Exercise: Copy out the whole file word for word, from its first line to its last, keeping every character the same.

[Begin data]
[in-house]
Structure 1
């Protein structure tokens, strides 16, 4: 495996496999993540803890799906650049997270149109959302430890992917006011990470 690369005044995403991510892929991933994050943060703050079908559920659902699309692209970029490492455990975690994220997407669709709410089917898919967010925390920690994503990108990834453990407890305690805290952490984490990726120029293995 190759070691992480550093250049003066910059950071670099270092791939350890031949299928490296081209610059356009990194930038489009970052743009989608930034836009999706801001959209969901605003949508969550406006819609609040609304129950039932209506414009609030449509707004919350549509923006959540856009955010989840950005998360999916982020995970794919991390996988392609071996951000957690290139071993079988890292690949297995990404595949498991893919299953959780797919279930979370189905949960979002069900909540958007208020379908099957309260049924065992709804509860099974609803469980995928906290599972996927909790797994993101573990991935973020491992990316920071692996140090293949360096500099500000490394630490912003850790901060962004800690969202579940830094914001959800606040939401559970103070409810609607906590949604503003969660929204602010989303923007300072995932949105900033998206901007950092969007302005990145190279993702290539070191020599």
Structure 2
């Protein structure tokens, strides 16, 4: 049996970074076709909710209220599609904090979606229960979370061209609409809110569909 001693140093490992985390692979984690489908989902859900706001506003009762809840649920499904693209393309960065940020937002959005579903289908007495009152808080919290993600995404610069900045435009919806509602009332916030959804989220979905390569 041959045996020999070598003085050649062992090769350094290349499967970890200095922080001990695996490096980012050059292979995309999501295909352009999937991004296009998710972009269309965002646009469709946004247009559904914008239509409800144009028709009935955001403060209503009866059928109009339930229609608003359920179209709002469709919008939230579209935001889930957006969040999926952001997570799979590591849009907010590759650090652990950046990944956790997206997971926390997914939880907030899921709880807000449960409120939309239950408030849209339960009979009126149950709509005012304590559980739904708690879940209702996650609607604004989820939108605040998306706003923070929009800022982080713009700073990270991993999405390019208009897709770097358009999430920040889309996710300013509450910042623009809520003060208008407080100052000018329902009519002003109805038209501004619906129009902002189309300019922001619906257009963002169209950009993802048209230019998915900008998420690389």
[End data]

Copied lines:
[in-house]
Structure 1
């Protein structure tokens, strides 16, 4: 495996496999993540803890799906650049997270149109959302430890992917006011990470 690369005044995403991510892929991933994050943060703050079908559920659902699309692209970029490492455990975690994220997407669709709410089917898919967010925390920690994503990108990834453990407890305690805290952490984490990726120029293995 190759070691992480550093250049003066910059950071670099270092791939350890031949299928490296081209610059356009990194930038489009970052743009989608930034836009999706801001959209969901605003949508969550406006819609609040609304129950039932209506414009609030449509707004919350549509923006959540856009955010989840950005998360999916982020995970794919991390996988392609071996951000957690290139071993079988890292690949297995990404595949498991893919299953959780797919279930979370189905949960979002069900909540958007208020379908099957309260049924065992709804509860099974609803469980995928906290599972996927909790797994993101573990991935973020491992990316920071692996140090293949360096500099500000490394630490912003850790901060962004800690969202579940830094914001959800606040939401559970103070409810609607906590949604503003969660929204602010989303923007300072995932949105900033998206901007950092969007302005990145190279993702290539070191020599």
Structure 2
């Protein structure tokens, strides 16, 4: 049996970074076709909710209220599609904090979606229960979370061209609409809110569909 001693140093490992985390692979984690489908989902859900706001506003009762809840649920499904693209393309960065940020937002959005579903289908007495009152808080919290993600995404610069900045435009919806509602009332916030959804989220979905390569 041959045996020999070598003085050649062992090769350094290349499967970890200095922080001990695996490096980012050059292979995309999501295909352009999937991004296009998710972009269309965002646009469709946004247009559904914008239509409800144009028709009935955001403060209503009866059928109009339930229609608003359920179209709002469709919008939230579209935001889930957006969040999926952001997570799979590591849009907010590759650090652990950046990944956790997206997971926390997914939880907030899921709880807000449960409120939309239950408030849209339960009979009126149950709509005012304590559980739904708690879940209702996650609607604004989820939108605040998306706003923070929009800022982080713009700073990270991993999405390019208009897709770097358009999430920040889309996710300013509450910042623009809520003060208008407080100052000018329902009519002003109805038209501004619906129009902002189309300019922001619906257009963002169209950009993802048209230019998915900008998420690389």